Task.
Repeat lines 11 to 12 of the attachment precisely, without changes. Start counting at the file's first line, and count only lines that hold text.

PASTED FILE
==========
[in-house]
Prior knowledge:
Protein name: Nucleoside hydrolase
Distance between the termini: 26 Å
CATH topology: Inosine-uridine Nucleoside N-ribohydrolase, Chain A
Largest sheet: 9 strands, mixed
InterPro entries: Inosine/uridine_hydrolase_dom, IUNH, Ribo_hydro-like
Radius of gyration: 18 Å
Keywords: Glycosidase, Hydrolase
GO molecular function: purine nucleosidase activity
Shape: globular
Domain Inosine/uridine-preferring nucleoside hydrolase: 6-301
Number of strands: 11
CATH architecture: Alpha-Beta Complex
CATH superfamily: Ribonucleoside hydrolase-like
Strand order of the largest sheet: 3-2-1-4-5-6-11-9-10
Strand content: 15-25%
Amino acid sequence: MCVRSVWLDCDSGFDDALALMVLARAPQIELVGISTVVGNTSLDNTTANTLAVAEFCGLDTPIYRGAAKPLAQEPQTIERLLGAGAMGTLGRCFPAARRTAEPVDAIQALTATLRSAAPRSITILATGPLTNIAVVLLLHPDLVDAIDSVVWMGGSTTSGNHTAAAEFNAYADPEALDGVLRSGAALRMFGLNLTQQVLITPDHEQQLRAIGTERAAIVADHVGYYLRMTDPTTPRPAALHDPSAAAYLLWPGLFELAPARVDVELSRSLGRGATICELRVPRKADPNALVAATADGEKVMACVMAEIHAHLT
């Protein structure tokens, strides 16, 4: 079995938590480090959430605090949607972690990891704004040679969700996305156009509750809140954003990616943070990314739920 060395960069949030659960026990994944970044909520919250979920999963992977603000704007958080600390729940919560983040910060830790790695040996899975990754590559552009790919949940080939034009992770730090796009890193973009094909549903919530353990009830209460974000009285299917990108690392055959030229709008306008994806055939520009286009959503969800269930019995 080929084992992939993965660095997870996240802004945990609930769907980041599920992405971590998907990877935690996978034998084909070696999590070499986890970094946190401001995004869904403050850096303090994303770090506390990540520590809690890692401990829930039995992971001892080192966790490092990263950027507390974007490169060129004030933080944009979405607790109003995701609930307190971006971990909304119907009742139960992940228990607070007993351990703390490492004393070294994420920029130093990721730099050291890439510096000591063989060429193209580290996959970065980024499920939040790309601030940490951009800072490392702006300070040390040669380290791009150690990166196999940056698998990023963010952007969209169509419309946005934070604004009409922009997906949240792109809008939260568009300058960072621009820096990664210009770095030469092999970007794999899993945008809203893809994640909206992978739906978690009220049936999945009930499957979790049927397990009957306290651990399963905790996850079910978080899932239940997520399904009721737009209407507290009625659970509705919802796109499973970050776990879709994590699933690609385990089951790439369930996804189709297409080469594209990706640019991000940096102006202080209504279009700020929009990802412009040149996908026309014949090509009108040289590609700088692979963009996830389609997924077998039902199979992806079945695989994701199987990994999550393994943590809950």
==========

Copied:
Shape: globular
Domain Inosine/uridine-preferring nucleoside hydrolase: 6-301